Congratulations on your babies Sue and Bez!! Sorry things didn't go that well at your antenatal doesn't take much to have an inclusive approach, does it? Oh well, we are going to go for the NCT classes anyway, so hopefully it won't be 185 quid's worth of irritation!!
Thanks for the advice

OP posts:
KarmaViolet · 09/11/2014 20:15

Hi Mouse, my partner & I did NCT classes with no problem. The only language issue was that the teacher said "mums and partners" which my partner wasn't that keen on as she IS a mum. However it was better than mums and dads, and I imagine that "gestational mums and partners" would have felt stuffy and excluding to some of the others.

The only other issue - which was not the NCT's fault in the least - was that some of the dads were in a competition as to who could be least informed about birth, which was irritating as I felt they were doing it on purpose!

The stuff we were learning was gender-neutral - so for the partners it was more about how to support the gestational mother. I'm glad we did it and we were made to feel welcome.

middlings · 09/11/2014 20:19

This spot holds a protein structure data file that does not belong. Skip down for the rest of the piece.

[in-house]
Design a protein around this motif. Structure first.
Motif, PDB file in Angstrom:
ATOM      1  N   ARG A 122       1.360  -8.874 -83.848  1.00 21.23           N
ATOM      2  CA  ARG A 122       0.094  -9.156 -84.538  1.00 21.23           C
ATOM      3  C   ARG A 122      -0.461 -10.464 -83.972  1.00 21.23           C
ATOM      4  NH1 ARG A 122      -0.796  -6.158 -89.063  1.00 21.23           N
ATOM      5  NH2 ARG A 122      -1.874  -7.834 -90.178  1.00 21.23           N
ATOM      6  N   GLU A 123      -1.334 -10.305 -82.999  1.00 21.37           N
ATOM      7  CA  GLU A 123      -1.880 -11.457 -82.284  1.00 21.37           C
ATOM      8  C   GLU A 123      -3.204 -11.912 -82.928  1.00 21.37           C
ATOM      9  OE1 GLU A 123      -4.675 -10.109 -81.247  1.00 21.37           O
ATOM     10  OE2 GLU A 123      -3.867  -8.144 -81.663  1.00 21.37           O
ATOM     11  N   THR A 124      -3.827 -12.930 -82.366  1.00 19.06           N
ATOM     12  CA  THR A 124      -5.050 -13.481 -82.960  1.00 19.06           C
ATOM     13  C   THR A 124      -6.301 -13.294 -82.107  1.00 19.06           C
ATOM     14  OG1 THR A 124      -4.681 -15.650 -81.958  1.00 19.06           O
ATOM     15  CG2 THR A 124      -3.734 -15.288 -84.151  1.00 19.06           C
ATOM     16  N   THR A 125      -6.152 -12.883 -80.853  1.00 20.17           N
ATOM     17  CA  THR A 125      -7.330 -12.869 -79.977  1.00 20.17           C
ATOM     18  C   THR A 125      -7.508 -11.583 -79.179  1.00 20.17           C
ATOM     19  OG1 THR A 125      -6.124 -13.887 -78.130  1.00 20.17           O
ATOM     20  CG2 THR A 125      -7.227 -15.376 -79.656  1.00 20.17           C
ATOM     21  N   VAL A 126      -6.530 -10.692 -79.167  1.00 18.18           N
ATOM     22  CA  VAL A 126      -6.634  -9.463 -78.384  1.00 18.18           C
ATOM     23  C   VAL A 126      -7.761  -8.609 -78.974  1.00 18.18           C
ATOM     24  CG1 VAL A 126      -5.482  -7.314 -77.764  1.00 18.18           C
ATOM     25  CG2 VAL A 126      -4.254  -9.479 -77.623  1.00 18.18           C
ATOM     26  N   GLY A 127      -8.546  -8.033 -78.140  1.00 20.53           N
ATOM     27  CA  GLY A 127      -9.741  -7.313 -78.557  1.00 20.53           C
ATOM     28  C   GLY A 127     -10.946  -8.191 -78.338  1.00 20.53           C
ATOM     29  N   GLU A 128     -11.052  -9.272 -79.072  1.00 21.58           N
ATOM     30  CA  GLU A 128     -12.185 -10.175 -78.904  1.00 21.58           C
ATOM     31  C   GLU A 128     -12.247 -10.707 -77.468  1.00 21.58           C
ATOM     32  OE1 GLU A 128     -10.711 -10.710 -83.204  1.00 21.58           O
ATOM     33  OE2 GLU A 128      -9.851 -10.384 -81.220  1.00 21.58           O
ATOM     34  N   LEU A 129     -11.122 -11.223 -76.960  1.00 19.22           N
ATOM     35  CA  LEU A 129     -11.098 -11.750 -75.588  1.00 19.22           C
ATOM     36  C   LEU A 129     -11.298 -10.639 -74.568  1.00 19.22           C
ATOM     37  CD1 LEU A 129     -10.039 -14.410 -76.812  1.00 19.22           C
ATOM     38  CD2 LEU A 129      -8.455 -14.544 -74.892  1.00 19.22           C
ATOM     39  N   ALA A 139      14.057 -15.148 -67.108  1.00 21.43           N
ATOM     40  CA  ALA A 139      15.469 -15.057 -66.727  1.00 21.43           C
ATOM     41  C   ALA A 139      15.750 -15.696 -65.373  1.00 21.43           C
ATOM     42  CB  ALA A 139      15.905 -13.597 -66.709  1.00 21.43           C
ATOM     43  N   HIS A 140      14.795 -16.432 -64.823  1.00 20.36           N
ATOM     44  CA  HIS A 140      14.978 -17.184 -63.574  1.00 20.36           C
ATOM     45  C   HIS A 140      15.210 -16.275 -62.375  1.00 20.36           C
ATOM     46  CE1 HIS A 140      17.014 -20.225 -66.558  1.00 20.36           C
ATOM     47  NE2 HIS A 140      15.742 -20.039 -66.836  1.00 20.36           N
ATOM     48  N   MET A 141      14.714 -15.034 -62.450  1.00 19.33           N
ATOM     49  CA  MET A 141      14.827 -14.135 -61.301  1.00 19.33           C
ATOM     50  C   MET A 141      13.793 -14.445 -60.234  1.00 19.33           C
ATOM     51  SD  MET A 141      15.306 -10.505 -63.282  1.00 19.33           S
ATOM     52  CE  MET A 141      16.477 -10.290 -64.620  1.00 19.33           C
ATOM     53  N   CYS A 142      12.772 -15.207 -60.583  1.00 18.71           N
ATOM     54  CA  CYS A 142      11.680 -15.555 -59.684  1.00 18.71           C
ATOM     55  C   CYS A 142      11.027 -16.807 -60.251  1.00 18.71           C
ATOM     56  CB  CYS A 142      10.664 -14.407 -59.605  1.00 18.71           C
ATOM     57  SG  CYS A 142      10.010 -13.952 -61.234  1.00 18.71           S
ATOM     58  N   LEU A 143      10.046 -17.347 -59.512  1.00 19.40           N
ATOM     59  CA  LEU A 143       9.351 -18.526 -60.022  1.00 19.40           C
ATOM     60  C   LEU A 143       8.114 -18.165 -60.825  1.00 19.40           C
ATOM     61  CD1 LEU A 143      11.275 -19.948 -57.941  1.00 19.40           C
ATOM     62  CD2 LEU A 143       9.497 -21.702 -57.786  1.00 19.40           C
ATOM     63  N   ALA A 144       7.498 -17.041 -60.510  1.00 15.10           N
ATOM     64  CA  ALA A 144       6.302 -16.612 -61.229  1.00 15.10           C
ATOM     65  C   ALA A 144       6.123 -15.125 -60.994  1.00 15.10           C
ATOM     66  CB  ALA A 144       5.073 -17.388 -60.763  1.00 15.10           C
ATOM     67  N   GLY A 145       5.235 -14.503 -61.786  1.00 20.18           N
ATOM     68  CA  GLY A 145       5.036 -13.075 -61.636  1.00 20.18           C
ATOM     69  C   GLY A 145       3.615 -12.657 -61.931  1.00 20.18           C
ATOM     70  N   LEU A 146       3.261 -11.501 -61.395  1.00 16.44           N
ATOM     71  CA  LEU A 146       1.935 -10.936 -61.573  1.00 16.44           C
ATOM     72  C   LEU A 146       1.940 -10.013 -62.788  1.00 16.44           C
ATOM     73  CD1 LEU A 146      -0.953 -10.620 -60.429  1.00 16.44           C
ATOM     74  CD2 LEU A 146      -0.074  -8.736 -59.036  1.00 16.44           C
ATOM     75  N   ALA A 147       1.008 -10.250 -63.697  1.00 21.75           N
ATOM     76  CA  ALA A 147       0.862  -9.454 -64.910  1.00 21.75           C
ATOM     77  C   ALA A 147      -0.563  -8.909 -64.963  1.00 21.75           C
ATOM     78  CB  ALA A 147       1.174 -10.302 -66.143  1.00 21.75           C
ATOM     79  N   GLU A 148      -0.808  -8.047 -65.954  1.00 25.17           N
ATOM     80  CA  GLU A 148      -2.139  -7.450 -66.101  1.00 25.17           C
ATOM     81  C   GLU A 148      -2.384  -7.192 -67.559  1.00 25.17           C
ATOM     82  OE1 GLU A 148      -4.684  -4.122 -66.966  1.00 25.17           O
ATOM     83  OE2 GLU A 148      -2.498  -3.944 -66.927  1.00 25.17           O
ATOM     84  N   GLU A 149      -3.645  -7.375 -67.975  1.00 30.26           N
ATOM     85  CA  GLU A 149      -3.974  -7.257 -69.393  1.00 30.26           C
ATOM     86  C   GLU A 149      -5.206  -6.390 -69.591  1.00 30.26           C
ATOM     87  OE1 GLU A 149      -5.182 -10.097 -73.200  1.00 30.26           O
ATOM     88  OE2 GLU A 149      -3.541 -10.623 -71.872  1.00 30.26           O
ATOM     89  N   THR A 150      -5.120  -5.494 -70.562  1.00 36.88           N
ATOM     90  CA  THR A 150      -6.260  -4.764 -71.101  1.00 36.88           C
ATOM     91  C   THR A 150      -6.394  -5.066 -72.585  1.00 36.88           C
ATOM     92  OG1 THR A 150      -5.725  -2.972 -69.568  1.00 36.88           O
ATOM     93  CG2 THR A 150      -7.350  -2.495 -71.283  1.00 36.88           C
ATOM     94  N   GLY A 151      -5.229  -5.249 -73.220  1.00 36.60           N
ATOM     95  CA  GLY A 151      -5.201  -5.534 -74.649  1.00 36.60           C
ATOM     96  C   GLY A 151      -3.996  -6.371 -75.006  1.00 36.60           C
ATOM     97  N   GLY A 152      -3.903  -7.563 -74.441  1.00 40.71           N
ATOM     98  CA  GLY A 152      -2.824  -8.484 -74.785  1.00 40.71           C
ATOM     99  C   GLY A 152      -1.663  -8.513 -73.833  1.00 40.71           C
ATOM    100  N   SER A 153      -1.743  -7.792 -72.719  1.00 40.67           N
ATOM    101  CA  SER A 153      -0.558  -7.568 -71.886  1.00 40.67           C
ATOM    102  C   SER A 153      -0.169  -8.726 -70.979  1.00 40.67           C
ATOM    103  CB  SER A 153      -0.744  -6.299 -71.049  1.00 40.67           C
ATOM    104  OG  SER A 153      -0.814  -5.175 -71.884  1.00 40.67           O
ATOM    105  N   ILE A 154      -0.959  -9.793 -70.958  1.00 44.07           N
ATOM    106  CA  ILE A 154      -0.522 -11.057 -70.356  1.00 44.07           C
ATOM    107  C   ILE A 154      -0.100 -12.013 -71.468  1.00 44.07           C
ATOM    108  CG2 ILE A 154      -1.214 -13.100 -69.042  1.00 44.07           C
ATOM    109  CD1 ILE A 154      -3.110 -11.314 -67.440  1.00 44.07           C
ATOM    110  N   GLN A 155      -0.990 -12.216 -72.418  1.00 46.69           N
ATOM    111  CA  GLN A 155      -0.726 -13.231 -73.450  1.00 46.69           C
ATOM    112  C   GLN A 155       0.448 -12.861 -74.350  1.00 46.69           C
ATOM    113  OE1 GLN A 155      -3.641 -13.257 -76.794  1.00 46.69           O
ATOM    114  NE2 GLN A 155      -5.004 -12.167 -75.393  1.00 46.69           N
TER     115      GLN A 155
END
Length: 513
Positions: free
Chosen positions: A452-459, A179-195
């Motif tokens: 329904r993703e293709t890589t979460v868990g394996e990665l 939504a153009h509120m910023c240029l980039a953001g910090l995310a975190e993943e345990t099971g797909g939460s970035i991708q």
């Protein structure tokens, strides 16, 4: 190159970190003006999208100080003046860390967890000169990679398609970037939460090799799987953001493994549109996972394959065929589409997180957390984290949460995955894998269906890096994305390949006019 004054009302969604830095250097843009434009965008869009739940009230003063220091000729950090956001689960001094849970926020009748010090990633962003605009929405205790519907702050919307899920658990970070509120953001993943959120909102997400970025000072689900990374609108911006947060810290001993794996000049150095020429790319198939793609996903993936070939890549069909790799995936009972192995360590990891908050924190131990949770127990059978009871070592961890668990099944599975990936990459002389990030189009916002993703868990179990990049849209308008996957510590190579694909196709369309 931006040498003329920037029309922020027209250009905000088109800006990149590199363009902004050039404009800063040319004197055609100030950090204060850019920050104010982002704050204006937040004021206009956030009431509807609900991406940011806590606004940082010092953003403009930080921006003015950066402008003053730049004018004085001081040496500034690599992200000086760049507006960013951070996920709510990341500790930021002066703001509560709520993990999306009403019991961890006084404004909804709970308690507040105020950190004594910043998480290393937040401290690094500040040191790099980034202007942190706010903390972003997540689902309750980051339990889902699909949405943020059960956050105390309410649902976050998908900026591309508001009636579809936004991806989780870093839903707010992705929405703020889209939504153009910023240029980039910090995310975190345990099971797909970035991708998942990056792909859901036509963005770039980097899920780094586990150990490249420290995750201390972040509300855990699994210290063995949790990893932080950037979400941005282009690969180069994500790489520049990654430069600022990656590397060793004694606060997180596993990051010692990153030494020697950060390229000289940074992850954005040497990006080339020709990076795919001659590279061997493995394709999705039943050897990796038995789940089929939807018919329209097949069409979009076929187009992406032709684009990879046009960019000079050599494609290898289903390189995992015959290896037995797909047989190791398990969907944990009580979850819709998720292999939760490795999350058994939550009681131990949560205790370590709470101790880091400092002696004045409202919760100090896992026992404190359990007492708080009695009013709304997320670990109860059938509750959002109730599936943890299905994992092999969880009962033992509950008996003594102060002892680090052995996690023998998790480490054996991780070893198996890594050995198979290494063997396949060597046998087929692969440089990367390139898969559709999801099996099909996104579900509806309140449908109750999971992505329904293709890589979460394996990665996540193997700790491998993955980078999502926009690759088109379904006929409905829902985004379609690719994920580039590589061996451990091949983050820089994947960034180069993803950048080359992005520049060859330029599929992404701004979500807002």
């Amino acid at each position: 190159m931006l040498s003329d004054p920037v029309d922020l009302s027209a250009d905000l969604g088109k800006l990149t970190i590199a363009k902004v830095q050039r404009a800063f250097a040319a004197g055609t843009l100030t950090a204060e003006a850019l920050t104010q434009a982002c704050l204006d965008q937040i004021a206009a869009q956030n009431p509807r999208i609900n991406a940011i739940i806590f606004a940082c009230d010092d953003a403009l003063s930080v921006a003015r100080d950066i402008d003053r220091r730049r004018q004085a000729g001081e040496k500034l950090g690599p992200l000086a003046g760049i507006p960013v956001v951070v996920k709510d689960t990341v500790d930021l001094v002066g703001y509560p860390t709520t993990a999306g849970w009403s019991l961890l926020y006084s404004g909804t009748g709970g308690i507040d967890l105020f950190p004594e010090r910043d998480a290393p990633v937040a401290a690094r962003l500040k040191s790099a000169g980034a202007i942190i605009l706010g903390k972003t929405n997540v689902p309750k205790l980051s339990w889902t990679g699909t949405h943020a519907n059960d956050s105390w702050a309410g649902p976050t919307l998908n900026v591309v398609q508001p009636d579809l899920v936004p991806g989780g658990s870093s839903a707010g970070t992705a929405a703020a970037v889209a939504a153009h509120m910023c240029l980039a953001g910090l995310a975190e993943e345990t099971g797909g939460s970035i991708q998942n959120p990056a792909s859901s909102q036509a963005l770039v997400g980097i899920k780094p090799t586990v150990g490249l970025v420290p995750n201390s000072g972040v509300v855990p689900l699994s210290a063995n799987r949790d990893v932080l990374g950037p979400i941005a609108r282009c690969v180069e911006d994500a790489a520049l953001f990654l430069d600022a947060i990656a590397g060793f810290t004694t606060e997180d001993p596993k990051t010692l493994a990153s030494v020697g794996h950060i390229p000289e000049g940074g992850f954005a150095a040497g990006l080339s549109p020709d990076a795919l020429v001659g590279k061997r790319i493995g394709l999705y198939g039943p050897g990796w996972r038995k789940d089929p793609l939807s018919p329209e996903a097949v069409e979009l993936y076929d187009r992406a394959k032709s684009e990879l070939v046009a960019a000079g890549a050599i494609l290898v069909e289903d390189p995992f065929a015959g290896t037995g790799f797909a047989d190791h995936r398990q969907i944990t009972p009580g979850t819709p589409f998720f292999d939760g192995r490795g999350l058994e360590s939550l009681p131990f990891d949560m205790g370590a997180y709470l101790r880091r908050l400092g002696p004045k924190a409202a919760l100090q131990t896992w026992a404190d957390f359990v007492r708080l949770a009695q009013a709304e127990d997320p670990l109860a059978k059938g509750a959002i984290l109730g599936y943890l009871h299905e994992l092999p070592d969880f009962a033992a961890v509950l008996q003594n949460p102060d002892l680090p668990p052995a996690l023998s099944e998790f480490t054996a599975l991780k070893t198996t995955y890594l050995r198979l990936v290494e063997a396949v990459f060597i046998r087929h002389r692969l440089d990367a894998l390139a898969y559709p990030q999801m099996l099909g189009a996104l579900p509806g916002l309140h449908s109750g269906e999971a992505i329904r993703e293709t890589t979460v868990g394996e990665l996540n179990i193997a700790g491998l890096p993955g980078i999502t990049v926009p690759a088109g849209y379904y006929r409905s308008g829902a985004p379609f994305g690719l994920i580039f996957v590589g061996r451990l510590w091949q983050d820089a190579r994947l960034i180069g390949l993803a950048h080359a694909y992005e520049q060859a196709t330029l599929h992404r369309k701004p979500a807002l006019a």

I'm straight but did do NCT relatively recently. The language was gendered but in our group there were no same sex couples so I guess it worked for us.

The thing is there's lots if language used that's a bit off putting (cascade of intervention,

middlings · 09/11/2014 20:21

Oops sorry - bloody phone

'Imagine your cervix opening like an amaryllis' etc) but in the end of the day you're there to get a bit of knowledge and meet local people in the same situation. I made the most fantastic group of friends whom I couldn't be without. Hope you do too.

pickletalk14 · 09/11/2014 22:35

Lesbian couple here - ds born in June :-) and we did nct before. Teacher always used gender neutral terms and no one im the group even batted an eyelid. My partner did feel a bit awkward in the 'dads' discussions- she felt as a woman she had a different perspective on some things. However this was quite a small part of the course and the benefits of meeting others outweighed it.

flipflopsonfifthavenue · 26/12/2014 16:05

We did NCT, yes the going into groups with other dads was a bit odd for DP but in grand scheme of things really hardly matters. Teacher adjusted her language to talk about partners instead of dads and none of the couples bat an eyelid.